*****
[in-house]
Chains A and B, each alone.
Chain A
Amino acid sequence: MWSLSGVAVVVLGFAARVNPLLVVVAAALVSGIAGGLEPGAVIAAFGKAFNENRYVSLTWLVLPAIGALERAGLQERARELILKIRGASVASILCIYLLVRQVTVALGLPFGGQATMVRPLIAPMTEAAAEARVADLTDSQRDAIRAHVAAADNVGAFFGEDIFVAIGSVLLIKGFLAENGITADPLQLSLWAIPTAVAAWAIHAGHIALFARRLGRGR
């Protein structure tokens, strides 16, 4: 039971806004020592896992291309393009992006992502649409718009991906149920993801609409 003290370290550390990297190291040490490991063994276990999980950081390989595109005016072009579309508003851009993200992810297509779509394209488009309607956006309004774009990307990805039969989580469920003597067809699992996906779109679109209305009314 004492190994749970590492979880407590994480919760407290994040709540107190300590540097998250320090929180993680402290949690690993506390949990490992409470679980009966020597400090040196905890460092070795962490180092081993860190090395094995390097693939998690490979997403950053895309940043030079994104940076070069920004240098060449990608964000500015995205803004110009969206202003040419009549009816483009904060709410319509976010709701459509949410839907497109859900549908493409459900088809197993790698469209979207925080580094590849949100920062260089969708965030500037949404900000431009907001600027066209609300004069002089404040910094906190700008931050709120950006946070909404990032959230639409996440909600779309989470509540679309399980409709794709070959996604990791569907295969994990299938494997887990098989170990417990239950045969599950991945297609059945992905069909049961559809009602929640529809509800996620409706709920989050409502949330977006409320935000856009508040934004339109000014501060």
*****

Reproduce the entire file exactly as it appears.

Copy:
[in-house]
Chains A and B, each alone.
Chain A
Amino acid sequence: MWSLSGVAVVVLGFAARVNPLLVVVAAALVSGIAGGLEPGAVIAAFGKAFNENRYVSLTWLVLPAIGALERAGLQERARELILKIRGASVASILCIYLLVRQVTVALGLPFGGQATMVRPLIAPMTEAAAEARVADLTDSQRDAIRAHVAAADNVGAFFGEDIFVAIGSVLLIKGFLAENGITADPLQLSLWAIPTAVAAWAIHAGHIALFARRLGRGR
């Protein structure tokens, strides 16, 4: 039971806004020592896992291309393009992006992502649409718009991906149920993801609409 003290370290550390990297190291040490490991063994276990999980950081390989595109005016072009579309508003851009993200992810297509779509394209488009309607956006309004774009990307990805039969989580469920003597067809699992996906779109679109209305009314 004492190994749970590492979880407590994480919760407290994040709540107190300590540097998250320090929180993680402290949690690993506390949990490992409470679980009966020597400090040196905890460092070795962490180092081993860190090395094995390097693939998690490979997403950053895309940043030079994104940076070069920004240098060449990608964000500015995205803004110009969206202003040419009549009816483009904060709410319509976010709701459509949410839907497109859900549908493409459900088809197993790698469209979207925080580094590849949100920062260089969708965030500037949404900000431009907001600027066209609300004069002089404040910094906190700008931050709120950006946070909404990032959230639409996440909600779309989470509540679309399980409709794709070959996604990791569907295969994990299938494997887990098989170990417990239950045969599950991945297609059945992905069909049961559809009602929640529809509800996620409706709920989050409502949330977006409320935000856009508040934004339109000014501060």